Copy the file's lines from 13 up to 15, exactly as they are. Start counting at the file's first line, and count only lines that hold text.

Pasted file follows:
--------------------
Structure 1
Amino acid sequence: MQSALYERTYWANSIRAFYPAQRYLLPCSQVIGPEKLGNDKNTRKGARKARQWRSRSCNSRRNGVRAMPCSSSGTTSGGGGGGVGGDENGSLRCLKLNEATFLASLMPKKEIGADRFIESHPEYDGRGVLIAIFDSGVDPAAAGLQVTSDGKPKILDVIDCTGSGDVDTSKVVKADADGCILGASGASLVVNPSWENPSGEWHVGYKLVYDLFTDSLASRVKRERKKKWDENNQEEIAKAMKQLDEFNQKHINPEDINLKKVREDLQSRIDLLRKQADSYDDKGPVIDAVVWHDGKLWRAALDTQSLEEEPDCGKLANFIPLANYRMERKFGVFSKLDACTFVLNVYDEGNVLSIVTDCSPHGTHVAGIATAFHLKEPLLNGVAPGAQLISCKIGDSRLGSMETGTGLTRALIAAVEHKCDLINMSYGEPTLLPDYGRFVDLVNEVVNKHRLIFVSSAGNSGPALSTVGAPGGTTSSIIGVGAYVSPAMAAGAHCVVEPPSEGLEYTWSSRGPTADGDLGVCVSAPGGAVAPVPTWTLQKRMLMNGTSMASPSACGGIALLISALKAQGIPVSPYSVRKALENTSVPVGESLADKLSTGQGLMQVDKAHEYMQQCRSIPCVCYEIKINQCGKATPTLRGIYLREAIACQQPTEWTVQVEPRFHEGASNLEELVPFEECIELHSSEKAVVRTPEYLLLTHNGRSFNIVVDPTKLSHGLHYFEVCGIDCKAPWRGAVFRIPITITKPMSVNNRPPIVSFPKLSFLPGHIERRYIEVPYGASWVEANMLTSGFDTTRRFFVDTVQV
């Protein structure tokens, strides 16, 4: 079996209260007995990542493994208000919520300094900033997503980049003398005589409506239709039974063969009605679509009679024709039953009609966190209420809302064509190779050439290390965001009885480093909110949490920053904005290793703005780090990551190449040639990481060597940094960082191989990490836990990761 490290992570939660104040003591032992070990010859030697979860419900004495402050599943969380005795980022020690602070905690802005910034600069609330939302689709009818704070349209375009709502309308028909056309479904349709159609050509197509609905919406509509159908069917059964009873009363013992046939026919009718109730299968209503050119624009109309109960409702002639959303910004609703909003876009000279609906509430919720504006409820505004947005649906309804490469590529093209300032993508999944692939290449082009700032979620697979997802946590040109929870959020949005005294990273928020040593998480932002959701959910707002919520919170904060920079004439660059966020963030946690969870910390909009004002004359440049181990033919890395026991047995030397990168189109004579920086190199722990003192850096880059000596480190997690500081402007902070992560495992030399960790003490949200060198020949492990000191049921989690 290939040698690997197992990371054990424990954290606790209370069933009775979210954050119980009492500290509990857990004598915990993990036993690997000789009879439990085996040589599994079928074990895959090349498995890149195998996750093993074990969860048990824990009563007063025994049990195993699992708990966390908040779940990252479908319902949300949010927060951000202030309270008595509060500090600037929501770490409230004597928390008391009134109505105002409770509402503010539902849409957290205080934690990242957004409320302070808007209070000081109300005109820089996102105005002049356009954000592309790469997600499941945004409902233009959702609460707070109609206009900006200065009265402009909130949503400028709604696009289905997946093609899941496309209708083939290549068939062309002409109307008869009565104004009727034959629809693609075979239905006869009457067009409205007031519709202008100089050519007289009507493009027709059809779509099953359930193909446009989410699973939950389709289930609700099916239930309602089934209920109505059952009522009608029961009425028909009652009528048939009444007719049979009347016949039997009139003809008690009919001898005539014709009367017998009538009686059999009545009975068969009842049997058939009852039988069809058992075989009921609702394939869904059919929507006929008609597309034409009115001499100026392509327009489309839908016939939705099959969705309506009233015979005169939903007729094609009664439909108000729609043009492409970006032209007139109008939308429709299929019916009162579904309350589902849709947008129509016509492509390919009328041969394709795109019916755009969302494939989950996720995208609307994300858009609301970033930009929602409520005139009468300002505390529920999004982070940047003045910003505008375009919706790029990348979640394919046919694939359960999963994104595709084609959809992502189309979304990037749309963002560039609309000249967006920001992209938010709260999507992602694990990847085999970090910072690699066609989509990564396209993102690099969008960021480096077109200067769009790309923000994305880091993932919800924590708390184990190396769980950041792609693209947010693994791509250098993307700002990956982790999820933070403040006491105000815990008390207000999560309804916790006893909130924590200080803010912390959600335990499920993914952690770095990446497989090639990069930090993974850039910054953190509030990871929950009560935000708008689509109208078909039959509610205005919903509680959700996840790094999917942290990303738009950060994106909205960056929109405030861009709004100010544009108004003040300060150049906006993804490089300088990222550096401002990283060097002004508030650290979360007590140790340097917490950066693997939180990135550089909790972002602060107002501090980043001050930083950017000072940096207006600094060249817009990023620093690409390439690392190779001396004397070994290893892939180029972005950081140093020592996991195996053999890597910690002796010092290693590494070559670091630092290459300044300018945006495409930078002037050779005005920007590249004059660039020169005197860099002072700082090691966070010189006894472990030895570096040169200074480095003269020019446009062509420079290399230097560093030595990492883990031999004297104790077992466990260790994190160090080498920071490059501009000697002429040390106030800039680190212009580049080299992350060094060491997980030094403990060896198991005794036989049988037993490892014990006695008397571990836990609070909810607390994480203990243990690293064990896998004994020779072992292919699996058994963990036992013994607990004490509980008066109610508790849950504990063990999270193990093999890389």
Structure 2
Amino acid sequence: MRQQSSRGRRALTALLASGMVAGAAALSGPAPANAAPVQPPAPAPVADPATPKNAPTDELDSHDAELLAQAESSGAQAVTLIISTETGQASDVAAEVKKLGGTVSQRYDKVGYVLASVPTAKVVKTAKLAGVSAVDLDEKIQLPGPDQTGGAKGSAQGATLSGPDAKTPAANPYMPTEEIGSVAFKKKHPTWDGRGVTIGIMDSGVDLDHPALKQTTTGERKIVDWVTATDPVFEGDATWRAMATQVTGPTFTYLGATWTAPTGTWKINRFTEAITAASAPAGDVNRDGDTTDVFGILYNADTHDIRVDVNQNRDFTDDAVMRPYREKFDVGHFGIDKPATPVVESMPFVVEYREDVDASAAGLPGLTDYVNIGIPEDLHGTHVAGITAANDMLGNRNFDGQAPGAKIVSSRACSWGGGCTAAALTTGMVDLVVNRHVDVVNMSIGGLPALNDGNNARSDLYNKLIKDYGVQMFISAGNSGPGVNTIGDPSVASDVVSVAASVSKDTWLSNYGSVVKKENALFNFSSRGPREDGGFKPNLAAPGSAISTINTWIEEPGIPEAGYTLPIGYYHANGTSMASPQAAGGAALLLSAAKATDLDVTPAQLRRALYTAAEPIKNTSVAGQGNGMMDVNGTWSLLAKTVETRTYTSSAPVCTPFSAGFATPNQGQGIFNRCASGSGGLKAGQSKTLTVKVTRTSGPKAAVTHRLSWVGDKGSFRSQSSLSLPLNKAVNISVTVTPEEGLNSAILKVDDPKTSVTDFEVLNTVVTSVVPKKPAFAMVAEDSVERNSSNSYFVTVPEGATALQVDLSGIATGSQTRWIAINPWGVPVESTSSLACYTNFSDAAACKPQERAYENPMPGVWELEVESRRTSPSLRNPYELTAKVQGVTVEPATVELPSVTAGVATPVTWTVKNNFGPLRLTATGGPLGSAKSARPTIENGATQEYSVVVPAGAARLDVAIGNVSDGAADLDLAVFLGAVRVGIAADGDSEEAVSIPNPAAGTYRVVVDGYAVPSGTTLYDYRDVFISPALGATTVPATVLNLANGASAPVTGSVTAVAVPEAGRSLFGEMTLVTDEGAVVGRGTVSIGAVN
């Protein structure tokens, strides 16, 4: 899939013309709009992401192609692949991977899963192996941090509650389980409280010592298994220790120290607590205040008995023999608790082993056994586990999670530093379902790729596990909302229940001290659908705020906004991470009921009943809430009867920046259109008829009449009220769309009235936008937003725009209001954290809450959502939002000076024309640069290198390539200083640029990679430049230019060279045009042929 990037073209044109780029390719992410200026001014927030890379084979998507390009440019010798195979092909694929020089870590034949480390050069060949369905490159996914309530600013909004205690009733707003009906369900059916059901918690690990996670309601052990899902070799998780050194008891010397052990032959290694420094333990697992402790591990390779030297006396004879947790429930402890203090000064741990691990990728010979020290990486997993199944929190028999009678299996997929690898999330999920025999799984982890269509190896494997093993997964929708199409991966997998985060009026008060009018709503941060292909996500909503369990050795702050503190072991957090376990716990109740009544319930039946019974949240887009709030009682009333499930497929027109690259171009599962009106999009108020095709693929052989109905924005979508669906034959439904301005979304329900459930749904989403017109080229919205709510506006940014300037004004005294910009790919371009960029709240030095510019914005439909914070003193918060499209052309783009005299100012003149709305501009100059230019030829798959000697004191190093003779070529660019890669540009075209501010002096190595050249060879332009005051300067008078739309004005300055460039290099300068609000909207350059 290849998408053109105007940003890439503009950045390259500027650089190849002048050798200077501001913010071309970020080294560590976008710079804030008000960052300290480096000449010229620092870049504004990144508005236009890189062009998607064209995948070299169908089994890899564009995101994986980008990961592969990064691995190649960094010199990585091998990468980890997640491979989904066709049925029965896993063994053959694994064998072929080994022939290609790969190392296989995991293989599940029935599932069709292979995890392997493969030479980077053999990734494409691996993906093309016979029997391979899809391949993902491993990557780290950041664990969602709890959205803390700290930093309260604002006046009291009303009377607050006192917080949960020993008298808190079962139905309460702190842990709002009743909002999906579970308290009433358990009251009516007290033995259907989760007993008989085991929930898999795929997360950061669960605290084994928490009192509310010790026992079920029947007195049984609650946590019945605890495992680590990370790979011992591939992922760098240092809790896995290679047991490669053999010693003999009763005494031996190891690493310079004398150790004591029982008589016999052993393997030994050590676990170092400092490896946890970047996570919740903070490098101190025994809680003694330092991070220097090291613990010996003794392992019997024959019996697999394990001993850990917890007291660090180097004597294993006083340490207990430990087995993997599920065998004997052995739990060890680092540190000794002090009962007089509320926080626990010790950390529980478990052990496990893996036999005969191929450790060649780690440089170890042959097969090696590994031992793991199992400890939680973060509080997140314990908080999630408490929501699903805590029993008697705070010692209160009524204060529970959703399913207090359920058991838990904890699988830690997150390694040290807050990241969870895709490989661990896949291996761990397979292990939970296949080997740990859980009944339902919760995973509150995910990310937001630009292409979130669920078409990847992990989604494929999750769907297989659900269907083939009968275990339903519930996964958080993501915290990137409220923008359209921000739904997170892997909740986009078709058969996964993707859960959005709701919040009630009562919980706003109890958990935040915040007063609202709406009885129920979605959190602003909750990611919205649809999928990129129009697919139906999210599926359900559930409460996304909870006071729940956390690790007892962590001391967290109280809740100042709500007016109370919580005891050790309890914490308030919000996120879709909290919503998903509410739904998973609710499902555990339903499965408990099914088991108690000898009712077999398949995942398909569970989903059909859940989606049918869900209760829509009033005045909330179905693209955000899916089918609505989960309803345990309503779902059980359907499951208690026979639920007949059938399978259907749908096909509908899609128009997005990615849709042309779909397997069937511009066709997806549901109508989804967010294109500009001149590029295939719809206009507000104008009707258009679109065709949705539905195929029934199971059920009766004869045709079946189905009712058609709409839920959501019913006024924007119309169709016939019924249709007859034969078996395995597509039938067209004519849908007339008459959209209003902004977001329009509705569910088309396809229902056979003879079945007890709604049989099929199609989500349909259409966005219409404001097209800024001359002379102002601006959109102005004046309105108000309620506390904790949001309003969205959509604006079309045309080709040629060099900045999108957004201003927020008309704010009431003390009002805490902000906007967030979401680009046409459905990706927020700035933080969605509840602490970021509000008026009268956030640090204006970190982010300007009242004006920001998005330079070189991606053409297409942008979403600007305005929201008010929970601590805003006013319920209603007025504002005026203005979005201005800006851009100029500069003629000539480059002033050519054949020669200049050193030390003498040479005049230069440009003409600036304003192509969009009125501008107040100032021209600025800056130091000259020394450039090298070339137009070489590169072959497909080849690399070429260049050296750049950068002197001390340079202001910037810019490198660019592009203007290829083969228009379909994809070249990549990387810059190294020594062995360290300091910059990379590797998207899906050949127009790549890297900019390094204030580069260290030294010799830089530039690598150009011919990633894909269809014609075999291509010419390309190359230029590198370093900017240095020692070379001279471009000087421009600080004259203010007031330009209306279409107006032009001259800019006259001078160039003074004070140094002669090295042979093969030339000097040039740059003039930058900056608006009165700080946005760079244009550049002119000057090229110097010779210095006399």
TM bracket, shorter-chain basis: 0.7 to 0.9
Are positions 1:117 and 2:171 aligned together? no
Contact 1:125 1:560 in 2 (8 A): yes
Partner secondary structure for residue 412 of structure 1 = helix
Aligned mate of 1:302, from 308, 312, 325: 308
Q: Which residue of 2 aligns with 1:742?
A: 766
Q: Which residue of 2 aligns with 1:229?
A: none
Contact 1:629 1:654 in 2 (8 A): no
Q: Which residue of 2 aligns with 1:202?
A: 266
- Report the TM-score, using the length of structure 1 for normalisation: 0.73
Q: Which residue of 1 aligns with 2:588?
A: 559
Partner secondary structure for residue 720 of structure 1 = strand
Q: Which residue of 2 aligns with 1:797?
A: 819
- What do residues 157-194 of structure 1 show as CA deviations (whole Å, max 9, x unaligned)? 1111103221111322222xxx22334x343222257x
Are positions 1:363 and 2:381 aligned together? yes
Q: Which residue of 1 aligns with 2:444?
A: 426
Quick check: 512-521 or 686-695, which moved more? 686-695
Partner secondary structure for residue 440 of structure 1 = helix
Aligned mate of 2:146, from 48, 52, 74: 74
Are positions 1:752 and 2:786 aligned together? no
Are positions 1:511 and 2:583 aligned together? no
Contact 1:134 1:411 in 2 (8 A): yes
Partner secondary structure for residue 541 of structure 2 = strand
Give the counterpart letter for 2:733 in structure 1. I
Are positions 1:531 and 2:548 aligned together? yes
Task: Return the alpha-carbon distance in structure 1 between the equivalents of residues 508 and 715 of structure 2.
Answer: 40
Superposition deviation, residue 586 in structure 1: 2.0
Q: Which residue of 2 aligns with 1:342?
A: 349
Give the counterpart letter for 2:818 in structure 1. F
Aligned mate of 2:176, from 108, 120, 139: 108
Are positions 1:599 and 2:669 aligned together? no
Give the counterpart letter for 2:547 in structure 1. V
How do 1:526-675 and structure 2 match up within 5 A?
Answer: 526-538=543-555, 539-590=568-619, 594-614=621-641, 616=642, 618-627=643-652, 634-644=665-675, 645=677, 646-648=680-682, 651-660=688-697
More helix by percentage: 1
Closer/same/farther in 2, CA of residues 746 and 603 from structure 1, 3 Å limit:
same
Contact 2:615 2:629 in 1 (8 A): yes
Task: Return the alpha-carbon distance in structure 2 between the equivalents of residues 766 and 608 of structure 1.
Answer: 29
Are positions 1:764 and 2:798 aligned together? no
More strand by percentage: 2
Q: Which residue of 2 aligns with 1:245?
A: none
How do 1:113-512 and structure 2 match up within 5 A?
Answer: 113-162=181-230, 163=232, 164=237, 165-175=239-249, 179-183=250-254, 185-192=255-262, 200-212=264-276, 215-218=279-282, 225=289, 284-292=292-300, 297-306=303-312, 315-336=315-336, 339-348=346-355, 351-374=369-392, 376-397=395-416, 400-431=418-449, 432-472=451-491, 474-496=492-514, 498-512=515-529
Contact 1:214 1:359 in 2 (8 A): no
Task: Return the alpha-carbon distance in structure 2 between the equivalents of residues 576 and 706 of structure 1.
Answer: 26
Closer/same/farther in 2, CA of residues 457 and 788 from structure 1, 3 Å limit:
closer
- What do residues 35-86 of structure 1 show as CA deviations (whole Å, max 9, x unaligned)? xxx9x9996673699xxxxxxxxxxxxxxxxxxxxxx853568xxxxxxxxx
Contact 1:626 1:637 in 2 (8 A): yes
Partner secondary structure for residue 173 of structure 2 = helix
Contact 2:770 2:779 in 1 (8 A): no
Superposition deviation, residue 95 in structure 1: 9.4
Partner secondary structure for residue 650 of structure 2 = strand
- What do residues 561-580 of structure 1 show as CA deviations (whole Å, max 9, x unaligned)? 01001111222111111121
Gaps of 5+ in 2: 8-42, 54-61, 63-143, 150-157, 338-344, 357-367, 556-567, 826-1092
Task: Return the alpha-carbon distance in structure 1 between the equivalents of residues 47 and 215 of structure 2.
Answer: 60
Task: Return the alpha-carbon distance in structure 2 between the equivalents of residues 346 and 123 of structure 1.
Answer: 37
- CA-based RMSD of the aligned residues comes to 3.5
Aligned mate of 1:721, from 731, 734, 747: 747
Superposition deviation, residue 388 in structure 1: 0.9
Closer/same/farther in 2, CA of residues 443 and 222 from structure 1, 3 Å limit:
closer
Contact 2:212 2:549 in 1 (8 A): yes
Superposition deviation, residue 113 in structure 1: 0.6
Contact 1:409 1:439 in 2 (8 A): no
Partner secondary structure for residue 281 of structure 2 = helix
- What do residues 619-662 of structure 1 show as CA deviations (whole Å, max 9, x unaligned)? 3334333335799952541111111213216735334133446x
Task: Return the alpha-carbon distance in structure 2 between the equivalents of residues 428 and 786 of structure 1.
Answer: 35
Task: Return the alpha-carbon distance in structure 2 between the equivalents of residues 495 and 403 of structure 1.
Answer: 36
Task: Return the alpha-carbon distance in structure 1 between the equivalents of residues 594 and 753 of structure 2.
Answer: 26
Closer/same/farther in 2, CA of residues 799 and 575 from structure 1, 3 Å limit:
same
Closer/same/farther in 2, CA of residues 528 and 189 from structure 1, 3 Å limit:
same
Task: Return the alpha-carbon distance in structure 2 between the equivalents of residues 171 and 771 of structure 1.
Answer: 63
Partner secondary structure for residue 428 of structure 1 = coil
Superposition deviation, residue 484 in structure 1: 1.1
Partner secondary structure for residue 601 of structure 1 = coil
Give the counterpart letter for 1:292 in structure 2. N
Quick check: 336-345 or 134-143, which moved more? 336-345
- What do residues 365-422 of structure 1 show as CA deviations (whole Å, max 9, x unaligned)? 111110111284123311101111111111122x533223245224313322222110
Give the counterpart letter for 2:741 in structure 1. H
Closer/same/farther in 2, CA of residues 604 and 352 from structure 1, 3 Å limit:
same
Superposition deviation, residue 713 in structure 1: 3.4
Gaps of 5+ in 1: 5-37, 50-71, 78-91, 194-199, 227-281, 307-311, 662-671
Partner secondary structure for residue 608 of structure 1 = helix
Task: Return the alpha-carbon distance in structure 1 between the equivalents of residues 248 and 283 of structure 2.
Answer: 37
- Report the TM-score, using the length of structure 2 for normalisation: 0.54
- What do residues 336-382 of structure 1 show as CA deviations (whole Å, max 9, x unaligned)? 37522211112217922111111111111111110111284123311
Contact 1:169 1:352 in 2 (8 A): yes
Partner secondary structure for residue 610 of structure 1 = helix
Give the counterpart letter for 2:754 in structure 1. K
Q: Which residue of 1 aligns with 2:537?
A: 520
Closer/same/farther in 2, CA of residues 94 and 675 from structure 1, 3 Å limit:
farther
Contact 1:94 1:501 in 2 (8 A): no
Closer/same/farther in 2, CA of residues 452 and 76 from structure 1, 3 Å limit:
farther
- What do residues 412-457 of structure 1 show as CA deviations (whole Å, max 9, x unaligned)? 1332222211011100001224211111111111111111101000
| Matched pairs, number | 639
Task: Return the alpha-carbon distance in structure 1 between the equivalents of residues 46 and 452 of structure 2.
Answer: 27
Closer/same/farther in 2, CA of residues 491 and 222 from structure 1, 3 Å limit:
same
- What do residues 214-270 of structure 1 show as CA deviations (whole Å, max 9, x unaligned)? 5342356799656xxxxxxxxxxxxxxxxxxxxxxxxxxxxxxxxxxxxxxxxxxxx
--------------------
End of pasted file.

A: 766
Q: Which residue of 2 aligns with 1:229?
A: none